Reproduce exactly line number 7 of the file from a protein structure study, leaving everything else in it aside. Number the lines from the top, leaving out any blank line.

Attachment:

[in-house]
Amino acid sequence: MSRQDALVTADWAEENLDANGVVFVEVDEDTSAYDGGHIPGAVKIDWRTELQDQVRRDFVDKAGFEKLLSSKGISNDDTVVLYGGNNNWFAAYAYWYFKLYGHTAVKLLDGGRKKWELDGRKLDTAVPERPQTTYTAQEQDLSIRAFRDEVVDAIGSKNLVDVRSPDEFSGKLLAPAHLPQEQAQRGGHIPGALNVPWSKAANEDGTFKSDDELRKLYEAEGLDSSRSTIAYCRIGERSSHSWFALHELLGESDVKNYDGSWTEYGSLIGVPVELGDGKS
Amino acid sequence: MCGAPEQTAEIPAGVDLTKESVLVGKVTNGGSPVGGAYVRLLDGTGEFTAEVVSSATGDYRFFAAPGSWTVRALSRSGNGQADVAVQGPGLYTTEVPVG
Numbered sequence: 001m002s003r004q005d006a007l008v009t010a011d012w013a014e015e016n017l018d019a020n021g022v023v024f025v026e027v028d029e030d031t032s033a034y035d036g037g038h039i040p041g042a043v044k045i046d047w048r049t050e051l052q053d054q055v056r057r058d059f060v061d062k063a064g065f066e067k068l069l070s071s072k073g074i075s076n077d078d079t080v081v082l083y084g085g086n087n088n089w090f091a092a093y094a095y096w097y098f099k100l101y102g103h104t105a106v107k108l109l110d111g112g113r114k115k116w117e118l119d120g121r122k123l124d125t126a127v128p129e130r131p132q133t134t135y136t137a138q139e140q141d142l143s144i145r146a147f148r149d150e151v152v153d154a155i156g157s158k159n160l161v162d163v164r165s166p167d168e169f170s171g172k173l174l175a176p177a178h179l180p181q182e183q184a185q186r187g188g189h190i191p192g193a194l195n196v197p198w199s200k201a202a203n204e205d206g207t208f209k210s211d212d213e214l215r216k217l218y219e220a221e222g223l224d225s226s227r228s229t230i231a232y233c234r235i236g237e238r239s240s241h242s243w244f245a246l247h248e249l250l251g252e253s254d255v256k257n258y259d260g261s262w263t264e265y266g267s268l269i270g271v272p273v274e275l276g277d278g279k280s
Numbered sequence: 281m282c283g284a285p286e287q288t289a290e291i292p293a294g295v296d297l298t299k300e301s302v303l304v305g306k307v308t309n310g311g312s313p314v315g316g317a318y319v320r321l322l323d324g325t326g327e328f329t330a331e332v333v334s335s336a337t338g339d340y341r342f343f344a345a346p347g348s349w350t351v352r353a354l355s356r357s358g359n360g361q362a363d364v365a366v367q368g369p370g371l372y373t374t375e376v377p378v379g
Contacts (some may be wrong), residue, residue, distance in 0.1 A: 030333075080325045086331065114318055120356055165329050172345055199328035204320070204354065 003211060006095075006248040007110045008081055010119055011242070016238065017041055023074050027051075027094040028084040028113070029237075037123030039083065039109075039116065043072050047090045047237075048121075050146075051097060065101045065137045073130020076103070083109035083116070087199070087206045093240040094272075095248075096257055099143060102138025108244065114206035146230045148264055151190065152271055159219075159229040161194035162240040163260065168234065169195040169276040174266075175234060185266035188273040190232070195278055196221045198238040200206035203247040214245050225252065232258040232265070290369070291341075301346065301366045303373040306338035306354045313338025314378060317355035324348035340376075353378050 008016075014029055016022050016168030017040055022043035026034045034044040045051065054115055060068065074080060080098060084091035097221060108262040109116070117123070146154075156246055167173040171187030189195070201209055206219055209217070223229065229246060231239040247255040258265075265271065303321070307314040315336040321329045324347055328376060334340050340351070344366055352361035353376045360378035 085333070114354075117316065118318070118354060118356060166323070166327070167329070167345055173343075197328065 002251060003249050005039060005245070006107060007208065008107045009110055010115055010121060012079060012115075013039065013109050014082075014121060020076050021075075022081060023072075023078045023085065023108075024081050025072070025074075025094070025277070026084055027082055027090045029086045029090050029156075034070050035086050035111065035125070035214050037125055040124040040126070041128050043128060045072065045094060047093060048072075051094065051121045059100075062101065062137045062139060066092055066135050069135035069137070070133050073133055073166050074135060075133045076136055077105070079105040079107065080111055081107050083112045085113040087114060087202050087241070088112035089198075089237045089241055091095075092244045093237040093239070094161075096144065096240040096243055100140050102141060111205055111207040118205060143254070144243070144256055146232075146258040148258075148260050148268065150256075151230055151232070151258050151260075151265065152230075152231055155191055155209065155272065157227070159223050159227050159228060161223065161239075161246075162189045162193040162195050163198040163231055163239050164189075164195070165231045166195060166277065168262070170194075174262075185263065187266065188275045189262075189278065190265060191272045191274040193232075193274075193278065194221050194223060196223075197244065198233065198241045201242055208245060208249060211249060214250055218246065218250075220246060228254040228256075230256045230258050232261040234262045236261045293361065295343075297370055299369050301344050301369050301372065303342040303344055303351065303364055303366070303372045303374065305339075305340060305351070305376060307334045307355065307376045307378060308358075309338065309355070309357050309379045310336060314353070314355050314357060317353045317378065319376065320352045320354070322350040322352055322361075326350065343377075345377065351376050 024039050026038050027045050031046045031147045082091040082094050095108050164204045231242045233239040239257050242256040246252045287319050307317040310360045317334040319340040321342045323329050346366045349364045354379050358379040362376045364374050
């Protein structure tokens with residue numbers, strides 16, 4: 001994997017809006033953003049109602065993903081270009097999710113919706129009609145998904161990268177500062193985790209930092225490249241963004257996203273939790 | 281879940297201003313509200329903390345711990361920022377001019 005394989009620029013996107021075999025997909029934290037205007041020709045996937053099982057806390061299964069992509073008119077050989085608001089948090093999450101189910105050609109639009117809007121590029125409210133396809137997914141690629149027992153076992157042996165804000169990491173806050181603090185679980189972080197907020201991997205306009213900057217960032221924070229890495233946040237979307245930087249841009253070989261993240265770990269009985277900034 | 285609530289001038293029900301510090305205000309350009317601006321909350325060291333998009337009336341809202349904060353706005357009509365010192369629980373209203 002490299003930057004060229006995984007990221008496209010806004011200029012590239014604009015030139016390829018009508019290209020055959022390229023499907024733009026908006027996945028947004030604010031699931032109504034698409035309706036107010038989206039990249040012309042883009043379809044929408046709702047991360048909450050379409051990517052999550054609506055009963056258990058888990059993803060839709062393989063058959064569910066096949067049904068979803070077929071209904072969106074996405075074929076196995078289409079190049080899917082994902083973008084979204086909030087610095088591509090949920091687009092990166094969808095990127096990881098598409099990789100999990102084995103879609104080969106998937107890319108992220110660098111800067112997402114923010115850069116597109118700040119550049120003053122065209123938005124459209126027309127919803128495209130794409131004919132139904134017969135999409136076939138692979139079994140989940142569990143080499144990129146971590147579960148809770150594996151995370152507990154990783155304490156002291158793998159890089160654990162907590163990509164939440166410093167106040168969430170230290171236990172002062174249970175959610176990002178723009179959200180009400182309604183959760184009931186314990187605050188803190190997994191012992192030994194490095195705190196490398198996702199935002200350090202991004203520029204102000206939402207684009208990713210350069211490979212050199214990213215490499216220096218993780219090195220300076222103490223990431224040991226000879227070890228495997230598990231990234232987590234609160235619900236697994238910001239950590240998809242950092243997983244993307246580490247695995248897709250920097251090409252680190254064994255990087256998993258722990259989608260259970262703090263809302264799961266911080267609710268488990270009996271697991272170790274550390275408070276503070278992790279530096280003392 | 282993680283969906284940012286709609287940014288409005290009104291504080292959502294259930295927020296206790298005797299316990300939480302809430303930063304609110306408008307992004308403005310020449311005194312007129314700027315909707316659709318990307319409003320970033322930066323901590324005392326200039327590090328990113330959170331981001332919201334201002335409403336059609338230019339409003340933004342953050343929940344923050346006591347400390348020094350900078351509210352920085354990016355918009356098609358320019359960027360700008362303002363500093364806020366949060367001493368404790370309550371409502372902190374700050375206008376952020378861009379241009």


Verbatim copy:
């Protein structure tokens with residue numbers, strides 16, 4: 001994997017809006033953003049109602065993903081270009097999710113919706129009609145998904161990268177500062193985790209930092225490249241963004257996203273939790 | 281879940297201003313509200329903390345711990361920022377001019 005394989009620029013996107021075999025997909029934290037205007041020709045996937053099982057806390061299964069992509073008119077050989085608001089948090093999450101189910105050609109639009117809007121590029125409210133396809137997914141690629149027992153076992157042996165804000169990491173806050181603090185679980189972080197907020201991997205306009213900057217960032221924070229890495233946040237979307245930087249841009253070989261993240265770990269009985277900034 | 285609530289001038293029900301510090305205000309350009317601006321909350325060291333998009337009336341809202349904060353706005357009509365010192369629980373209203 002490299003930057004060229006995984007990221008496209010806004011200029012590239014604009015030139016390829018009508019290209020055959022390229023499907024733009026908006027996945028947004030604010031699931032109504034698409035309706036107010038989206039990249040012309042883009043379809044929408046709702047991360048909450050379409051990517052999550054609506055009963056258990058888990059993803060839709062393989063058959064569910066096949067049904068979803070077929071209904072969106074996405075074929076196995078289409079190049080899917082994902083973008084979204086909030087610095088591509090949920091687009092990166094969808095990127096990881098598409099990789100999990102084995103879609104080969106998937107890319108992220110660098111800067112997402114923010115850069116597109118700040119550049120003053122065209123938005124459209126027309127919803128495209130794409131004919132139904134017969135999409136076939138692979139079994140989940142569990143080499144990129146971590147579960148809770150594996151995370152507990154990783155304490156002291158793998159890089160654990162907590163990509164939440166410093167106040168969430170230290171236990172002062174249970175959610176990002178723009179959200180009400182309604183959760184009931186314990187605050188803190190997994191012992192030994194490095195705190196490398198996702199935002200350090202991004203520029204102000206939402207684009208990713210350069211490979212050199214990213215490499216220096218993780219090195220300076222103490223990431224040991226000879227070890228495997230598990231990234232987590234609160235619900236697994238910001239950590240998809242950092243997983244993307246580490247695995248897709250920097251090409252680190254064994255990087256998993258722990259989608260259970262703090263809302264799961266911080267609710268488990270009996271697991272170790274550390275408070276503070278992790279530096280003392 | 282993680283969906284940012286709609287940014288409005290009104291504080292959502294259930295927020296206790298005797299316990300939480302809430303930063304609110306408008307992004308403005310020449311005194312007129314700027315909707316659709318990307319409003320970033322930066323901590324005392326200039327590090328990113330959170331981001332919201334201002335409403336059609338230019339409003340933004342953050343929940344923050346006591347400390348020094350900078351509210352920085354990016355918009356098609358320019359960027360700008362303002363500093364806020366949060367001493368404790370309550371409502372902190374700050375206008376952020378861009379241009």